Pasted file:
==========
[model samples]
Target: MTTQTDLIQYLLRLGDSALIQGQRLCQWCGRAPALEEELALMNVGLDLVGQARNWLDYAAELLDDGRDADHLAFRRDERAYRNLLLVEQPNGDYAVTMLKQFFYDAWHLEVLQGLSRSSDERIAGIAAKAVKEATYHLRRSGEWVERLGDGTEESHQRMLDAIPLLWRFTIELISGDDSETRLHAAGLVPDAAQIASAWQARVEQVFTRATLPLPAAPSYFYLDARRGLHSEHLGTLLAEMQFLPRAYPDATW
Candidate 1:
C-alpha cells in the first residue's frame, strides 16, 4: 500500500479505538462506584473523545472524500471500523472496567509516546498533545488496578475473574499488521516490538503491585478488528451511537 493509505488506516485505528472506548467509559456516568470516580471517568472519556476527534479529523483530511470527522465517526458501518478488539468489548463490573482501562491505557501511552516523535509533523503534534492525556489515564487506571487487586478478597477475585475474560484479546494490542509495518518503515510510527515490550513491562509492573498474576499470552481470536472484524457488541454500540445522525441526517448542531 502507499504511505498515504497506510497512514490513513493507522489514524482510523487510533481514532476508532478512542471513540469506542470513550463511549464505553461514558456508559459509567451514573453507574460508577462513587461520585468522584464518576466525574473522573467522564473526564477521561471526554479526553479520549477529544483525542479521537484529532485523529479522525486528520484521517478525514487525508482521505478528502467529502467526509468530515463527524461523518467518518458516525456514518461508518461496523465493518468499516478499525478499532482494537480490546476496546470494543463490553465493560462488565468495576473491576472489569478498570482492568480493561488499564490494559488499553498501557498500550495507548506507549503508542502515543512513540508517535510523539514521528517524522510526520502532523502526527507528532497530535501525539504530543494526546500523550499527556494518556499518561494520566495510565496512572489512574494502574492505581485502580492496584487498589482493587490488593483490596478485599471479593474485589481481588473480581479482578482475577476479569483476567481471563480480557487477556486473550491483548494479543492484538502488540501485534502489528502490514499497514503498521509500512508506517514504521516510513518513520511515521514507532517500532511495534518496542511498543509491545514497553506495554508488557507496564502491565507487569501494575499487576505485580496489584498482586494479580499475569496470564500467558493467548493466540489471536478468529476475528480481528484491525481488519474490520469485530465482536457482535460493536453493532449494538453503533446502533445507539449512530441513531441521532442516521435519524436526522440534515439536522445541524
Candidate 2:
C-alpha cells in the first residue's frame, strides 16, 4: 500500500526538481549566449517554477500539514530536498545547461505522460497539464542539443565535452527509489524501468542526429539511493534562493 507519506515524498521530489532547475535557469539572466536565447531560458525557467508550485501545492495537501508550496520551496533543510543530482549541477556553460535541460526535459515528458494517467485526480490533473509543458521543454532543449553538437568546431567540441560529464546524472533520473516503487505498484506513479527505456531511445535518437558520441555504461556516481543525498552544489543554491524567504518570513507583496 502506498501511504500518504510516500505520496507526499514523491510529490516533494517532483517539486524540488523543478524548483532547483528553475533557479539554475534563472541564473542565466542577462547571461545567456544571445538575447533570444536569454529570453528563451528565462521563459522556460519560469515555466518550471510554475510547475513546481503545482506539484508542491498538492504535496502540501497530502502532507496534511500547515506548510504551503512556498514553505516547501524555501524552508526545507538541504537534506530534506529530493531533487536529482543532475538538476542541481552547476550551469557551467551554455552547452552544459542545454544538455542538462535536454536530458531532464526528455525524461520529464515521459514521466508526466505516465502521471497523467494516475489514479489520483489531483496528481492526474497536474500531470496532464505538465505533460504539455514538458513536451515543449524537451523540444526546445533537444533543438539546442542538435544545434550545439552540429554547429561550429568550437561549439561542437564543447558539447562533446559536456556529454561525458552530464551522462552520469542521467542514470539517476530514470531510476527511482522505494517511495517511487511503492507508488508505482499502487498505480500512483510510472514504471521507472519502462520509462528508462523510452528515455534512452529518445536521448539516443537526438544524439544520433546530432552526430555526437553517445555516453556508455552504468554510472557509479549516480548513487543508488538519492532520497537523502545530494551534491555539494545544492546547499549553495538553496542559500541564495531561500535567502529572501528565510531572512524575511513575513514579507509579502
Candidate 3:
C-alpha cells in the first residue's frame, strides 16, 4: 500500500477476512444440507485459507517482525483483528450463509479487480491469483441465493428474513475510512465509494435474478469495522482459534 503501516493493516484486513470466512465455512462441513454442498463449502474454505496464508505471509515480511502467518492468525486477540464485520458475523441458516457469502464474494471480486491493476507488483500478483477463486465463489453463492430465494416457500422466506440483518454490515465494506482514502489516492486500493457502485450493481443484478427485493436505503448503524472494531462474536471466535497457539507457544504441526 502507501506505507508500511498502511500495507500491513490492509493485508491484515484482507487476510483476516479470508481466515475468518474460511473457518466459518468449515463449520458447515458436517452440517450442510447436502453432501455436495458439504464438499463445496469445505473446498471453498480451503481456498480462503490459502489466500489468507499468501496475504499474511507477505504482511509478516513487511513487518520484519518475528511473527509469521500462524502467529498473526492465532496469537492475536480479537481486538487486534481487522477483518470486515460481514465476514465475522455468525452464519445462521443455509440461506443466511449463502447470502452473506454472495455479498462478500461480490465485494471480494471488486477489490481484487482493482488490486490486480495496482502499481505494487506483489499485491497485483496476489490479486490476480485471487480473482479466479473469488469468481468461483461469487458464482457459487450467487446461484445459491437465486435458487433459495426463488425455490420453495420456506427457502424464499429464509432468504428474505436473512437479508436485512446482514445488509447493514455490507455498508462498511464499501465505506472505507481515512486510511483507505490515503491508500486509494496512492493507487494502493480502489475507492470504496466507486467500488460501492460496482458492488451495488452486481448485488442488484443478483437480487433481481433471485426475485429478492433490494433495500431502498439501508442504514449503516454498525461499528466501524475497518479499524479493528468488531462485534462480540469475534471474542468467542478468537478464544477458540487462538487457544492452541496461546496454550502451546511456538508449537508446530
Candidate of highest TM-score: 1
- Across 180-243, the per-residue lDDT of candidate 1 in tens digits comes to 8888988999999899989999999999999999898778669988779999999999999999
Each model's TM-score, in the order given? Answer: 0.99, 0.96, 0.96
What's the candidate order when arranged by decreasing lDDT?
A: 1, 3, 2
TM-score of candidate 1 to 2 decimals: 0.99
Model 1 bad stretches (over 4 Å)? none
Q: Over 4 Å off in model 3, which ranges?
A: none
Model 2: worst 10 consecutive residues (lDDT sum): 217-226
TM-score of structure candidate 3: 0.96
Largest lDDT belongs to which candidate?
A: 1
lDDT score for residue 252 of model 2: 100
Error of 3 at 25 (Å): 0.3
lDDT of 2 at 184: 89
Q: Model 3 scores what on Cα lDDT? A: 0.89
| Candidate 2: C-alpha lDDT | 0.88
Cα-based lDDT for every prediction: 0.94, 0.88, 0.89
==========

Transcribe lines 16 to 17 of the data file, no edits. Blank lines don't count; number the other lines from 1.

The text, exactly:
Q: Over 4 Å off in model 3, which ranges?
A: none